Meet the Tikkun Olam Repairing the World Committee
Meet the Tikkun Olam Committee
Throughout my life, my strongest connection to Judaism has been through social action and social justice work. I joined Temple Emanuel when my sons were young, about a decade ago, and have found that the Tikkun Olam Committee is the greatest vehicle through which I connect to the congregation. I’m inspired by the work that we do collaboratively to clean our parks, help refugees find new roots in New Jersey, provide our community with food and resources, and fight against racism, anti-Semitism, and inequality. Professionally, I am a plant ecologist and ethnobotanist, serving as a professor at Kean University and the executive director of Kean’s School of Environmental and Sustainability Sciences. I am also honored to be the President-elect of the Society of Ethnobiology, an international organization that provides me with a professional community to continue my research on integrating Indigenous knowledge into conservation.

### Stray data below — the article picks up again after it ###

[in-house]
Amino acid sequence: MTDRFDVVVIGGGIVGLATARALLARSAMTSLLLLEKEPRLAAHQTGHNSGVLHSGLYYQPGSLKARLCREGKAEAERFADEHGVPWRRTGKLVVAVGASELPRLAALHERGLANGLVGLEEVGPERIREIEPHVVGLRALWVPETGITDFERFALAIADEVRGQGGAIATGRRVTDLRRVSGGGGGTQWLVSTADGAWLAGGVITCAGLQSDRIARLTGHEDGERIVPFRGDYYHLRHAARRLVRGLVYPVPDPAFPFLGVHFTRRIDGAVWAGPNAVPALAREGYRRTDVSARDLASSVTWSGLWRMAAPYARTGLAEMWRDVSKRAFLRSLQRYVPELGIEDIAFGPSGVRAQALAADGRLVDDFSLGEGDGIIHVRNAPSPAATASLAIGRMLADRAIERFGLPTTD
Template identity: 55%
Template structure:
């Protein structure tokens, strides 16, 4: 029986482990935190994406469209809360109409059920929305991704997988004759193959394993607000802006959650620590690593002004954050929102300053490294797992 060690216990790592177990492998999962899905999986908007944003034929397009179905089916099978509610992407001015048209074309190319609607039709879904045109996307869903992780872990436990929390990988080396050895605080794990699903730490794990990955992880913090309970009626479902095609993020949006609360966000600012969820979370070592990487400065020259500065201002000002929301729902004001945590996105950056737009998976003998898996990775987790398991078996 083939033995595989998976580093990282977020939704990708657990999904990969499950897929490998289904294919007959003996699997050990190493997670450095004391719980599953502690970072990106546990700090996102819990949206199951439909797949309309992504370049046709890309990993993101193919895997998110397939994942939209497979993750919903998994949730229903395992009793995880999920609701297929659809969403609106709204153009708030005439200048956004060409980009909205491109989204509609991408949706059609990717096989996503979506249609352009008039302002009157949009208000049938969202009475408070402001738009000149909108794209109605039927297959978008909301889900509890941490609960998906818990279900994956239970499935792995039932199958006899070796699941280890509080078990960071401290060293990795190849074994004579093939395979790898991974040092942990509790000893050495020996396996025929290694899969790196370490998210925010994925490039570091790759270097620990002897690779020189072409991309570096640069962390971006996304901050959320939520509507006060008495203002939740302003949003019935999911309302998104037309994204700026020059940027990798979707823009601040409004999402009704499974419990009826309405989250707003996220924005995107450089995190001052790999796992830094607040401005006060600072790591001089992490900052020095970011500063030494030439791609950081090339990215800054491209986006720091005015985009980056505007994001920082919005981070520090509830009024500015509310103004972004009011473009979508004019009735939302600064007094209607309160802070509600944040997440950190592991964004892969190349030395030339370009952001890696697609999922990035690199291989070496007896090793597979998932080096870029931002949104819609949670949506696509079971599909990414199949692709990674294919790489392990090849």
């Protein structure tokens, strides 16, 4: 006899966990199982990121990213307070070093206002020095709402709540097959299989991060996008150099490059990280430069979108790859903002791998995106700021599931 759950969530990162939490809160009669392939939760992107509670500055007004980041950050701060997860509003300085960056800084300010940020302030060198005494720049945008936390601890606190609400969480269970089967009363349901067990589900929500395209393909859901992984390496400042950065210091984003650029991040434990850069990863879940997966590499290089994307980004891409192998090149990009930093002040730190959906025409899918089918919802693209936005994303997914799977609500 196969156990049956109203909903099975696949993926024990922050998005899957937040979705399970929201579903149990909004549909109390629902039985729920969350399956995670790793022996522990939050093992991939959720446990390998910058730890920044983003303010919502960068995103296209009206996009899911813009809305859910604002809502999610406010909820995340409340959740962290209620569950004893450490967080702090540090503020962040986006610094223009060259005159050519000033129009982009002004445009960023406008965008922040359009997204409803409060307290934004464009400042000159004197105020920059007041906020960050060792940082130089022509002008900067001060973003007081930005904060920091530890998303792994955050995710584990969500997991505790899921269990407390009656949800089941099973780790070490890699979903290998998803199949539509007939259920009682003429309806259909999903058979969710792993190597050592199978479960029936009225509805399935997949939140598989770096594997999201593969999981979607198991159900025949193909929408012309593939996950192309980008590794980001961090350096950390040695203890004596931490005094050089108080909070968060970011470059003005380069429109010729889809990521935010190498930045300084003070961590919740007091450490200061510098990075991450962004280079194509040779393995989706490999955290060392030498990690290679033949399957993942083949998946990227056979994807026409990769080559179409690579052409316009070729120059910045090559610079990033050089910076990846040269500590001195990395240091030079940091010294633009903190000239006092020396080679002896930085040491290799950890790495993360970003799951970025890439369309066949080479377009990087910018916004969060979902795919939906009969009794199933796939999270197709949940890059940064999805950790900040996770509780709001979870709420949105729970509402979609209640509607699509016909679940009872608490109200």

My connection with Temple Emanu-El deepened greatly when I joined the Tikkun Olam committee a number of years ago. The work we do puts me in touch with an important element of Judaism. We are commanded to repair the world, and this work defines my Jewishness. Our mission to address local homelessness and food insecurity provides opportunity to any temple member who wants to get involved. I am energized by the social justice component of Tikkun Olam that addresses the root causes of inequity by lobbying state legislators on bills that improve the lives of our most vulnerable population. By day I work in sales for a market research firm. My wife Caryn and I live in Westfield, and our two children live their young adult lives away from the nest.